Male gender and duration of anti-tuberculosis treatment are associated with hypocholesterolemia in adult pulmonary tuberculosis patients in Kampala, Uganda
Background: Patients with Pulmonary tuberculosis (PTB) and hypocholesterolemia have an altered immune function, delayed sputum conversion at two months and increased mortality. However, the assessment for dyslipidemias is not often done in our setting.
Methods: A cross-sectional study was conducted among adults at an urban TB clinic in Kampala, Uganda. We included different participants at diagnosis (0), 2, 5, 6 and 8 months of anti-TB treatment. Data was collected from a complete physical examination, a pre-tested structured questionnaire, six-hour fasting lipid profiles and random blood glucose levels.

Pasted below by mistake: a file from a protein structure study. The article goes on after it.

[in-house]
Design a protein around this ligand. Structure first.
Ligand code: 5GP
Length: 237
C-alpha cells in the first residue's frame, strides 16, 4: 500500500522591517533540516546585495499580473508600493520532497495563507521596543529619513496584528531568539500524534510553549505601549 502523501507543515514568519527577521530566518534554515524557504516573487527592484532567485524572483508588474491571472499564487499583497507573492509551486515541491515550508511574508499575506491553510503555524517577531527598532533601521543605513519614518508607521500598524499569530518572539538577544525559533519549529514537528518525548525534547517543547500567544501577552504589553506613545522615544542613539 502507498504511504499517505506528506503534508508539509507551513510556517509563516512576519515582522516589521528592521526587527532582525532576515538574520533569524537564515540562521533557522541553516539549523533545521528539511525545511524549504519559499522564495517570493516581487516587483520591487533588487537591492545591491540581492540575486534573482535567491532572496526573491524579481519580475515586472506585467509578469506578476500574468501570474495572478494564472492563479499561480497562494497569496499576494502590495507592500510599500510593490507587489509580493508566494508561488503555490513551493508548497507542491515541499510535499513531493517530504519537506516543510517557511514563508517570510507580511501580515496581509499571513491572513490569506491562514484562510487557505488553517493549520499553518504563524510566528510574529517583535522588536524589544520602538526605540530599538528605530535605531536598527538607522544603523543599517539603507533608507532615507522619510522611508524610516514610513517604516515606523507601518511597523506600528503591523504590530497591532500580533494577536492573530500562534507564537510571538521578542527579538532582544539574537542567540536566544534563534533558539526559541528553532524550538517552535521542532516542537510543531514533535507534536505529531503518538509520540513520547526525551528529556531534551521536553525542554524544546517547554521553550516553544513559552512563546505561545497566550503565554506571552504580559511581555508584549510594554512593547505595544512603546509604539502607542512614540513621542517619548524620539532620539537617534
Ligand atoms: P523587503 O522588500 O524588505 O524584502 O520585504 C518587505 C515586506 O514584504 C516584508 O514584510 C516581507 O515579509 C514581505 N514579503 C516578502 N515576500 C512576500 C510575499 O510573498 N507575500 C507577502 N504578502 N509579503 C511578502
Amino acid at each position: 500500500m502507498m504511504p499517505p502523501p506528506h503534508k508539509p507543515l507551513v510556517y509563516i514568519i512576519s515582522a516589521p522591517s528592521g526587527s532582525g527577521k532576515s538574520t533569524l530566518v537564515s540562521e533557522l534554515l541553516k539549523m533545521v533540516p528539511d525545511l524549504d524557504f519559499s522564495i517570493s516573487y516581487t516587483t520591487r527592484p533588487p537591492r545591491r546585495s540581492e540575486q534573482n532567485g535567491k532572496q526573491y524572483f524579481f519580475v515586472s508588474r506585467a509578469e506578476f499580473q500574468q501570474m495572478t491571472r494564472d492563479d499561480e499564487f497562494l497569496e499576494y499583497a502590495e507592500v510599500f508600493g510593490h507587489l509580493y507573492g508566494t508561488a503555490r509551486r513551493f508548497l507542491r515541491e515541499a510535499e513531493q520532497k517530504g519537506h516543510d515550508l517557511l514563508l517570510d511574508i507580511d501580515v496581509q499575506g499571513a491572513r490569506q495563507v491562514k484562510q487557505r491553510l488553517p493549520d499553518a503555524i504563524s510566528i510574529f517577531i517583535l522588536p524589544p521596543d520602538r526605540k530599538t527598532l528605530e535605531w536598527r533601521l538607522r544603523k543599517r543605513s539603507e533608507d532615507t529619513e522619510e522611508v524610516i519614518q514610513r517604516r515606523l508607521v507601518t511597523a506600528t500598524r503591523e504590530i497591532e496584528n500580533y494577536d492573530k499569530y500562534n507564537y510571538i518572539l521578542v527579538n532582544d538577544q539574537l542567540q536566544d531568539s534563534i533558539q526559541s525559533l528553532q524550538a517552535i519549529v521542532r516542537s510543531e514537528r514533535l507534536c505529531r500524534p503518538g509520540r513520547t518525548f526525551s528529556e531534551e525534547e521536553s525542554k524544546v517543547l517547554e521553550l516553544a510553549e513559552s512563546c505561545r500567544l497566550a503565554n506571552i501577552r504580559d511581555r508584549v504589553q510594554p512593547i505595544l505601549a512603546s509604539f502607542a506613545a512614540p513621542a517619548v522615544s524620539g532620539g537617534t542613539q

Results: Of the 323 included participants, 63.5% (205/323) were males and the median age was 30 years, IQR (23-39). The prevalence of hypocholesterolemia was 43.65% (95% CI 38.3-49.2). The participants at diagnosis had the highest hypocholesterolemia prevalence, 57.3%, 95% CI (46.7-67.2); and lowest amongst those completing treatment at 6/8 months, 32.2%, 95% CI (21.6-45.2). Significant factors associated with hypocholesterolemia were: male gender (PR 1.52, 95% CI: 1.13-2.03), and duration of anti-TB treatment (0.88, 95% CI: 0.80-0.98).
Conclusion: Hypocholesterolemia is common among patients with PTB. The risk of hypocholesterolemia increases with being male and reduces with increased duration of treatment. There is a need for further research in lipid abnormalities in TB patients.
Keywords: Hypocholesterolemia, pulmonary tuberculosis, duration of anti-tuberculosis treatment, gender.